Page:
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State pension system must be brought under control before raises

To The Daily Sun,

This next week in Concord the Legislature will take up the contentious issue of approving the funding for possible wage increases for N.H. public employees. While we realize it has been tough sledding for these employees vs. increases in take home pay, they have been taking the taxpayers to the woodshed over he last three years with near 20 percent annual average increases by the employer to the State of N.H., to their previously grossly underfunded pension plan in exchange for the retirees giving up COLAs in their entirety. So with a compromise worked out by former N.H. House Speaker Bill O'Brien in a previous legislative session, N.H. state reps agreed to these funding INCREASES to try and get this pension fiasco out of the hole with these significant annual increases to the state employee's TOTAL BENEFIT PACKAGES. Unfortunately some of the new fundings that have contributed to that pension trust rising from less than a 56 percent funding, ending in 2012, to at least some progress toward the 60+ percent funding ratio most recently reported by NHRS, have come from the state growing active participants by near 10 percent over the last five years. So while against AARRs this is a small positive, it also significantly increases the out years liabilities.

I would urge our Belknap County legislators to take a very hard look at funding a settlement with the state employees on wages from a TOTAL BENEFIT PACKAGE increase perspective, and how much we are proposing increasing THAT, so that the constituency does not get the same old bamboozling about how woefully underpaid state employees are. I would also point out that while progress is being made on NHRS Trust funding, the fund still remains woefully under funded vs. the 80 percent funding most think tanks (i.e. The Center for Retirement Research at Boston College) regard as the minimum funding ratio to give a pension trust a healthy rating. Beyond that the OPEBs medical benefits etc. for retirees are still not even 10 percent funded.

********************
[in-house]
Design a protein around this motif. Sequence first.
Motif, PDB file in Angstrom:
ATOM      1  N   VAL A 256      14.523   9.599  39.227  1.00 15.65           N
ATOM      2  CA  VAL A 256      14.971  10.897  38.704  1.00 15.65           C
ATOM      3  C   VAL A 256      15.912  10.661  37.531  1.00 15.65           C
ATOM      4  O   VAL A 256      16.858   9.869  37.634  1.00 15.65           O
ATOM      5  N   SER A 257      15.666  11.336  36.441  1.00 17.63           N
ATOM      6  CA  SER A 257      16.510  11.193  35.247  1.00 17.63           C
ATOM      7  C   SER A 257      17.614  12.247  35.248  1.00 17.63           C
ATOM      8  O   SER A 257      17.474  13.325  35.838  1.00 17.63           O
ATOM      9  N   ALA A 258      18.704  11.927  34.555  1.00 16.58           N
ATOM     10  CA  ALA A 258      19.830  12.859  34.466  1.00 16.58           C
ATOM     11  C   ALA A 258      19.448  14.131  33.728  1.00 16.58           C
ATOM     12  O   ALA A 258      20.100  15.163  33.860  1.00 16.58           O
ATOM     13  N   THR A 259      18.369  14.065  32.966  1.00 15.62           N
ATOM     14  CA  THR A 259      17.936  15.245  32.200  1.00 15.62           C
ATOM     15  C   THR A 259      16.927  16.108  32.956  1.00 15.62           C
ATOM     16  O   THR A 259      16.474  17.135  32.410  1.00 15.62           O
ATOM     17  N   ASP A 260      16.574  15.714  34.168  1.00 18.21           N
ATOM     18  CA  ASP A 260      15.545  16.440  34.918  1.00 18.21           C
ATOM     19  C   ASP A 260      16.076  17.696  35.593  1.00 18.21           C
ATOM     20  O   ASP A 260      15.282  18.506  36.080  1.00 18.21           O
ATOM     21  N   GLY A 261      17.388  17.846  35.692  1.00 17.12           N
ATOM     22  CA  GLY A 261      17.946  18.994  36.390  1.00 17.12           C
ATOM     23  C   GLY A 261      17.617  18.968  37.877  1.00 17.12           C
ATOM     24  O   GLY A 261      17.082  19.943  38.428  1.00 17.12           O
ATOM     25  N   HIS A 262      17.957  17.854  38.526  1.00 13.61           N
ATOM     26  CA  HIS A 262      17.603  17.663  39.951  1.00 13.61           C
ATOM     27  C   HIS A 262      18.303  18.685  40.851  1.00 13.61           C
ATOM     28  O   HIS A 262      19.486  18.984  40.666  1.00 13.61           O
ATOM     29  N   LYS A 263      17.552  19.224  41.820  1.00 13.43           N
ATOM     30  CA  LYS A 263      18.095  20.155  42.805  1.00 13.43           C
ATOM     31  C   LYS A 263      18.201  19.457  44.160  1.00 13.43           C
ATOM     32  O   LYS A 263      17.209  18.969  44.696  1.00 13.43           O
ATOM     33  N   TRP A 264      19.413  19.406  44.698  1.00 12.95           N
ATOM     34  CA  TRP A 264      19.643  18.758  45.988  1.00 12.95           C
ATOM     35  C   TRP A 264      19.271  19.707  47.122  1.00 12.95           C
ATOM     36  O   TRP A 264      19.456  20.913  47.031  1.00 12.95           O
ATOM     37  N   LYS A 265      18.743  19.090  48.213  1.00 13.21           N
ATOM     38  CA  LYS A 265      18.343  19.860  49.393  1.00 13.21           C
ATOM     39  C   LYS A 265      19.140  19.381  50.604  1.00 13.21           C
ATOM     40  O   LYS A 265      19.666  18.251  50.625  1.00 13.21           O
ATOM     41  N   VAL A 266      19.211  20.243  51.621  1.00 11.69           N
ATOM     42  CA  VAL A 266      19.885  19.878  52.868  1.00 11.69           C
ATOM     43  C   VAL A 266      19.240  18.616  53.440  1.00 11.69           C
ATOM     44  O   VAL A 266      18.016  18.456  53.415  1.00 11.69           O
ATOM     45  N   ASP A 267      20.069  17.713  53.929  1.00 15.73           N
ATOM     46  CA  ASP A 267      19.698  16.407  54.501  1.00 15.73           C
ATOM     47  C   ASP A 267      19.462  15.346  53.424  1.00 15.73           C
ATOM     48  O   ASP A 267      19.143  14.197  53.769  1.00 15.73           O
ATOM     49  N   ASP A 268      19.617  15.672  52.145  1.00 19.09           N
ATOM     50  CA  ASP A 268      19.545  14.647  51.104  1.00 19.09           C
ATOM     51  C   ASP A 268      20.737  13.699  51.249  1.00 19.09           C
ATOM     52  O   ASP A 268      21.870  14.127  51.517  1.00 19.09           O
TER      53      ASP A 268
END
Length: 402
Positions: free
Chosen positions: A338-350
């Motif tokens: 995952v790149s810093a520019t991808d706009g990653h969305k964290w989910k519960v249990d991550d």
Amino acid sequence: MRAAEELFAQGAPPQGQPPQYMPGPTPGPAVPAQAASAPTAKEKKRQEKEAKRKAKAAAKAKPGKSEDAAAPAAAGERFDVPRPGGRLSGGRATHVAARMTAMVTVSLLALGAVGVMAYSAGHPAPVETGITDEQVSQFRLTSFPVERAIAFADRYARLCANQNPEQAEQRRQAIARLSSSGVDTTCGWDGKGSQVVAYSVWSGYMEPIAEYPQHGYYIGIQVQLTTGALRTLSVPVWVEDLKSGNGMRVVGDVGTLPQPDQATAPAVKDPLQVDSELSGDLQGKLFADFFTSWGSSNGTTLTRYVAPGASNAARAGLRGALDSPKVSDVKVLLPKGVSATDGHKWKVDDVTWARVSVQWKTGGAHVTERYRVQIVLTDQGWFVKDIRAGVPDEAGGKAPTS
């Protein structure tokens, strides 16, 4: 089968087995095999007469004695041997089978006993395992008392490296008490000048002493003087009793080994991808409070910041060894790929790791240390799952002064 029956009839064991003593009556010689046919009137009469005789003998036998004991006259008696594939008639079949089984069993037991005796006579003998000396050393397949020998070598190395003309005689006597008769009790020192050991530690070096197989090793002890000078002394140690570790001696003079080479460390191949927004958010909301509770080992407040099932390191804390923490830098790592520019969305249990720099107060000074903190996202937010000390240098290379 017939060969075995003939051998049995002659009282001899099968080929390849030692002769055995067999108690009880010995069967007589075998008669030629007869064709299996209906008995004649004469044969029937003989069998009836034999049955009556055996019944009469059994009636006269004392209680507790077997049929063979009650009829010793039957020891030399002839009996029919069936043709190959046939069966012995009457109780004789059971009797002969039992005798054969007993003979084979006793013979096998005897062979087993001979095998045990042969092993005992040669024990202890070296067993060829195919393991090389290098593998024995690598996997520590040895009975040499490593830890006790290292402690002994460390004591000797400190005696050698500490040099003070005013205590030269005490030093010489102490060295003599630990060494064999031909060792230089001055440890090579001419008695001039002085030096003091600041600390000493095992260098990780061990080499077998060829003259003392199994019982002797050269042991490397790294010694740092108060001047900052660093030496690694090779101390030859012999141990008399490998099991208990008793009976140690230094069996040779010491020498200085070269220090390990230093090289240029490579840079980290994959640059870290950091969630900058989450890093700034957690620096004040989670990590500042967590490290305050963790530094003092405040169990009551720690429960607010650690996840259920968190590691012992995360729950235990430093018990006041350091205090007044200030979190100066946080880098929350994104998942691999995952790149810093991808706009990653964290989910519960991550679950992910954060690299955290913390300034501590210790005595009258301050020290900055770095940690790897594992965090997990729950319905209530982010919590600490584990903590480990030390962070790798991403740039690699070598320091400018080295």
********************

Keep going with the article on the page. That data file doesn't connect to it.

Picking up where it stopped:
I would also appeal to Senator Hosmer to examine the inherent fairness and propriety of the top 20 percent pensioners by pension amounts taking more than 50 percent of the gross annual distributions from NHRS whilst those lesser paid with generally smaller pensions in the public education industry continue to be providing the lion's share of NHRS funding and that financially unhealthy underfunding continues on at NHRS. Given that situation, it is time For Senator Hosmer, his Democratic allies in the state Legislature, and State Employee's SEA/SIEU President Gulla to step up and propose and back legislation to cap NHRS future distributions to NEW pensioners at near $90K/Yr with a 2/3rds of the cost of living incremental increase to administering such a cap. That is, create a cap and then raise the cap by a COLA and not provide any restitution of general COLAs which are COLA CREEP raids on the NHRS trust by those in the top 20 percent by distribution amounts. The portions of pensions that are attributable to failed AARR's simply are not portions of pensions earned by defining them beyond what is earned over and above the contributions inside these retirement trust funds. Once we get this pension situation under control and financially healthy we can then consider "more fair "salary increases in the total benefits increases for state employees.

Tim Sullivan